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MEDP Spark - The Impact of an Intern

Nov 8, 2018

MEDP Spark, Volume 3, Issue 11 -- November 2018

Past WORKS Interns

The McMinnville WORKS Internship Program was designed to connect the local industry to an emerging workforce. It was also designed to connect interns to the McMinnville community and give them a valuable work experience. Though, yes, MEDP has done the work to connect over 80 interns to local companies and has run the program since 2013, the truth is, it’s never been about us, and to be honest, it’s never been all about the interns either. The McMinnville WORKS Internship Program is about our businesses who offer fantastic opportunities to young professionals. They are the true reason that people stay in this community. We made the program, but our businesses create careers.

Not only do the businesses who are in the WORKS program have a tremendous impact on the interns they host, in turn, over the years we have seen these interns change organizations. From the onboarding process, to what a company looks for in a new employee, we have been able to see businesses grow, change, and expand thanks to this small but mighty program. Recently, we caught up with three businesses who have had interns in the past and are big supporters of the McMinnville WORKS Internship Program. We were able to learn why they host interns, what they look for in an employee, and how something as simple as a community internship program has changed the way their organization functions.

Altogether, last summer 10 Host Sites hosted 15 WORKS Interns who worked on a variety of projects from electrical engineering to sales to conservation and more. Companies included Cascade Steel, the City of McMinnville, HBF International, the McMinnville Economic Development Partnership, McMinnville Water & Light, OnlineNW, Sea Reach Ltd., Solid Form Fabrication, Willamette Valley Medical Center, and the Yamhill County Clerk. Recently, we had the opportunity to catch up with three Host Sites to learn what hosting an intern has meant for them.

McMinnville Water & Light

McMinnville Water & Light past interns Sylvette Benetti (2017) and Aimee Bruner (2018).
McMinnville Water & Light past interns Sylvette Benetti (2017) and Aimee Bruner (2018).

McMinnville Water & Light (MW&L) takes a proactive approach to everything. When you’re planning the entire city’s electrical and water supply, you have to. Strategies can not just be responsive to current issues, they need to forecast current issues and mitigate them 50+ years in advance. It shouldn’t be surprising then that their General Manager, John Dietz, has taken a proactive approach to workforce development. According to John, the utility company is looking at a large surge of retirements in the coming years and having an intern is “a great way to learn about a potential future employee and for a young professional to learn about us. The more workforce systems we engage in, the more opportunities we have to find qualified employees.”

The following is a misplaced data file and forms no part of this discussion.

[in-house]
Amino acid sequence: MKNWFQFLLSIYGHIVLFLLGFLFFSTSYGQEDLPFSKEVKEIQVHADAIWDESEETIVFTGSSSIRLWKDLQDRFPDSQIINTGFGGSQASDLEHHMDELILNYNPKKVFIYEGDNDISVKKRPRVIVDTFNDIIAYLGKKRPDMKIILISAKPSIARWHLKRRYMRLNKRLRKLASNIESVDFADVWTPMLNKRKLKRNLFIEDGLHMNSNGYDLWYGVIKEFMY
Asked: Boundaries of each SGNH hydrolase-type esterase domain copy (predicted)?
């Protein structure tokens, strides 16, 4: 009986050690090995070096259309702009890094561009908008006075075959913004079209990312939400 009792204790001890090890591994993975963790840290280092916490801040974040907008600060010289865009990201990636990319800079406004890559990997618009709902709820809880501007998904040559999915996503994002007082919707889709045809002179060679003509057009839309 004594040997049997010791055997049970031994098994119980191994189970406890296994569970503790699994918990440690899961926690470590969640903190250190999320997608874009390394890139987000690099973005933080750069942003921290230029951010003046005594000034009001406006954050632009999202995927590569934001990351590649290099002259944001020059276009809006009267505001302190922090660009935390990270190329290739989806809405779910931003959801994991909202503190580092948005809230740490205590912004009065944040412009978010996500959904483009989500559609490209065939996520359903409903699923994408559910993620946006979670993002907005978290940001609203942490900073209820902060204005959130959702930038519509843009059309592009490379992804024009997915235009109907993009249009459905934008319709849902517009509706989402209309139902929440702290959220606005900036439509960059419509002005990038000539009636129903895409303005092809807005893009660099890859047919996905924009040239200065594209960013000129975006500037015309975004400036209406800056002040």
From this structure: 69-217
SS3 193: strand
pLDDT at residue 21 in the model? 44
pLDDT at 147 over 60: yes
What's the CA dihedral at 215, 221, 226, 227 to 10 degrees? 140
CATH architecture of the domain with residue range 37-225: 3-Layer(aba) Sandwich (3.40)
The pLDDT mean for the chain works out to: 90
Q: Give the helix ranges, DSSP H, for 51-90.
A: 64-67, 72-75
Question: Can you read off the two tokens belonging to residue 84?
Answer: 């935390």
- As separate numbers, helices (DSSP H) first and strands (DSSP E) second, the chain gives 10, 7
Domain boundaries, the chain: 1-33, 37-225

MW&L has hosted two interns over the past two summers through the McMinnville WORKS Internship Program. They have also hosted two interns through Chemeketa WORKS, have multiple apprentices working through their systems, and have hired interns through local colleges for paths like water distribution and water treatment - careers that can take five additional years to complete all levels of certifications. That being said, it’s not only technical qualifications that matter when MW&L looks for a new employee, “They have to be a good fit. They have to fit into our culture and have a good work ethic.” To be successful, a young professional should work to “Learn as much as you can. Really learn, understand, and communicate. Be willing to come in and ask, ‘hey, can I come and see what you do.’ It’s so important.”

According to John, having interns at the company has also changed how they look at all potential employees, “It has changed our thought process on how we hire people. We’re looking at hiring as a long-term relationship with an employee. It’s not just about the next project, it’s about all the projects that have come before. We want to keep the next generation of workers thinking about how our organization has progressed over time and having interns has taught us about the knowledge transfer.” He points to the example of their WORKS Intern from the past summer, Aimee Bruner, a Conservation Intern who is currently studying Renewable Energy Engineering at the Oregon Institute of Technology, “we tailored what we were teaching her to what her goals were. We took a little bit of energy conservation and a little bit of electrical engineering and created very specific projects she could complete on her own. We’ve actually offered her a job for next summer, so we’re already thinking ahead.”

John anticipates continuing to utilize the internship program while looking into creating more workforce recruitment strategies for the future.


OnlineNW past interns Ryan Lockwood, Michael Cooney, Rachel Williams, and Jonathan Fyre
OnlineNW past interns Ryan Lockwood (2016), Michael Cooney (2017), Rachel Williams (2018), and Jonathan Fyre (2018)

Kathy Tate, CEO at OnlineNW, started using the McMinnville WORKS Internship Program around the same time the company was diving deep into fiber internet, fiber construction, and a project with the City of Dayton and the Dayton School District. The company was growing rapidly and finding qualified workers was getting more challenging, “We didn’t see that challenge getting any easier. Working with the Dayton School District we began to realize that students were our talent pool. The students here, living here and going to school here, were the workforce we were going to be depending on so linking into the MEDP program was the perfect resource for us.”